Most grass populations are mixtures of uninfected grasses and grasses infected with endophytes (see, e.g., Lewis et al., 1997; Saikkonen et al., 2000; Wali et al., 2007; Cheplick & Faeth, 2009). In some grass species, such as Arizona fescue (Festuca arizonica), the infecting endophytes are often a mixture of hybrid (H+) and nonhybrid (NH+) endophytes (Sullivan & Faeth, 2008; Hamilton et al., 2009). About two-thirds of infections in cool season grasses are of hybrid origin (Schardl & Craven, 2003). It has been suggested that hybridization provides an infusion of genetic variation that renders the host plant more tolerant of abiotic and biotic stresses (Schardl & Craven, 2003). However, this hypothesis remains largely untested.

Contrary to the general dominance of H+ endophytes in most grass species, NH+ endophytes dominate most of Arizona fescue populations. On average, Arizona fescue populations consist of 55% NH+, 15% H+ and 30% uninfected (E−) grass individuals (Sullivan & Faeth, 2008; Hamilton et al., 2009). A possible explanation for the observed frequencies of endophtye infections in Arizona fescue is that H+, NH+ and E− grasses respond differently to varying environmental factors. There is some observational support of this hypothesis. H+ plants are more common in habitats with low nutrients and moisture, whereas NH+ plants are more prevalent in the areas with higher soil nutrients and moisture (Sullivan & Faeth, 2008; Hamilton et al., 2009).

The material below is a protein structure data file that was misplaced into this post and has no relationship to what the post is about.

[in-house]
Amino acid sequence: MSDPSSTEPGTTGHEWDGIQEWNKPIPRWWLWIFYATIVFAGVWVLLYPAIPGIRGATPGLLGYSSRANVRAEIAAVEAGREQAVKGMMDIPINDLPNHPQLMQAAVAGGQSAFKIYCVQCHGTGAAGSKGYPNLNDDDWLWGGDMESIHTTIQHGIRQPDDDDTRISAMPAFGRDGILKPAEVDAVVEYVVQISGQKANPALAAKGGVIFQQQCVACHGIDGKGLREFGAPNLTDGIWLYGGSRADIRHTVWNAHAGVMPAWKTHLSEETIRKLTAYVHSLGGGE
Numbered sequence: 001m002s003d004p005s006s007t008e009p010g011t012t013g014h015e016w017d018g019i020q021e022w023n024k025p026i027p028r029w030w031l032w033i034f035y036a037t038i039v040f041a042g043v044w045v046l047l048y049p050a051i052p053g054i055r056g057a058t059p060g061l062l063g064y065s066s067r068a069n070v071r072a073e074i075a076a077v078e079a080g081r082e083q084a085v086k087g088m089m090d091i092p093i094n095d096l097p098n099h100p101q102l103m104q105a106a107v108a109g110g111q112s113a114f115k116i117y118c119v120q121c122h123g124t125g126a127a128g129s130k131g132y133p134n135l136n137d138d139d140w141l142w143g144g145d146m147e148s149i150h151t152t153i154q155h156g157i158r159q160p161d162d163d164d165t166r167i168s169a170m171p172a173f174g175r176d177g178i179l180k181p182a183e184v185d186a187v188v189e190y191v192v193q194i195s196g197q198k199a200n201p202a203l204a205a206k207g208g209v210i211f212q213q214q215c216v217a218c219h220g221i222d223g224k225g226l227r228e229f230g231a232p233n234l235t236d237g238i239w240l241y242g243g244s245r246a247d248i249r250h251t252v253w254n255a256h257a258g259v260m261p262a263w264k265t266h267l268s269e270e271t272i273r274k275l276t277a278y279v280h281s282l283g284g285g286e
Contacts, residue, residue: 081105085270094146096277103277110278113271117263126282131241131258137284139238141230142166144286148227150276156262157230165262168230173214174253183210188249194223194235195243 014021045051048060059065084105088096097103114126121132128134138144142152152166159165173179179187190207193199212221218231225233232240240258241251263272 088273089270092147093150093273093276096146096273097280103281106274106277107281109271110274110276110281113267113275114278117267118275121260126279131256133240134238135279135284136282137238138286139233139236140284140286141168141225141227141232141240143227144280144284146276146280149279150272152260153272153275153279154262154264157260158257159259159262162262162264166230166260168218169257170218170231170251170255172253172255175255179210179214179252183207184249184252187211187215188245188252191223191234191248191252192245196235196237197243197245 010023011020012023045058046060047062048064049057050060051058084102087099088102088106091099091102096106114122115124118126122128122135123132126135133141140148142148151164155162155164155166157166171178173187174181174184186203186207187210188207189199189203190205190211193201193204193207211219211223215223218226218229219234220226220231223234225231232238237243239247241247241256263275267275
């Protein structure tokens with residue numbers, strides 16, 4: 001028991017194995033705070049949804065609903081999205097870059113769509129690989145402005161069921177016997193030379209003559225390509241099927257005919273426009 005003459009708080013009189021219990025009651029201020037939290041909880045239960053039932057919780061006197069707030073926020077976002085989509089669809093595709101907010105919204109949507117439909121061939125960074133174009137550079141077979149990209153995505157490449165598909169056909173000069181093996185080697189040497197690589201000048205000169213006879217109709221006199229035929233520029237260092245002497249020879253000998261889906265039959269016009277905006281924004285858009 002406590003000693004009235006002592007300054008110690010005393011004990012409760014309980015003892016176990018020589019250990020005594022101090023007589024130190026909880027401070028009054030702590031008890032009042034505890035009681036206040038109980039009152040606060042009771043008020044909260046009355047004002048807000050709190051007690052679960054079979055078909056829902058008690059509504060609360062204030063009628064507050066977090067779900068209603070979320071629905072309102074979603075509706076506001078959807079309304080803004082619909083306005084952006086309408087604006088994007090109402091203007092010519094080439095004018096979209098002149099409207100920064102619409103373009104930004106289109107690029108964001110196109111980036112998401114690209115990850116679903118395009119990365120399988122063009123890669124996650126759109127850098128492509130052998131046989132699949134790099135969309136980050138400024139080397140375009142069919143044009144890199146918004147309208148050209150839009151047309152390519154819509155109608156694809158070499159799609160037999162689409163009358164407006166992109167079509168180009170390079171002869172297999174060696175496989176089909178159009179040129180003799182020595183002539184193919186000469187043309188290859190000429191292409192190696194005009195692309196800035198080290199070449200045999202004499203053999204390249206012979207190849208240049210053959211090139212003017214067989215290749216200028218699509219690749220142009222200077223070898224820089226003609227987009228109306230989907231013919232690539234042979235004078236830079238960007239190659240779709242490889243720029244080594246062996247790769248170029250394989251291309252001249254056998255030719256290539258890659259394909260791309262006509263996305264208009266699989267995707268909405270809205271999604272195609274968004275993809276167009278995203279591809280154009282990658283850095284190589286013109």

Sullivan & Faeth (2008) found that H+ hosts produce higher volume : mass ratios than NH+ hosts in moisture- and nutrient-poor habitats, but not in habitats with plentiful resources. They suggested that this change in plant architecture by H+ plants may be a response to plant density, as H+ plants are typically located under dense tree canopy and likely experience greater intra- and interspecific competition for resources than NH+ plants in less stressful environments. In addition, Hamilton et al. (2010) found that hybrid endophytes increase survival of grass hosts in stressful habitats and concluded that infection by H+ endophytes may increase the fitness of the plants in habitats with scarce resources.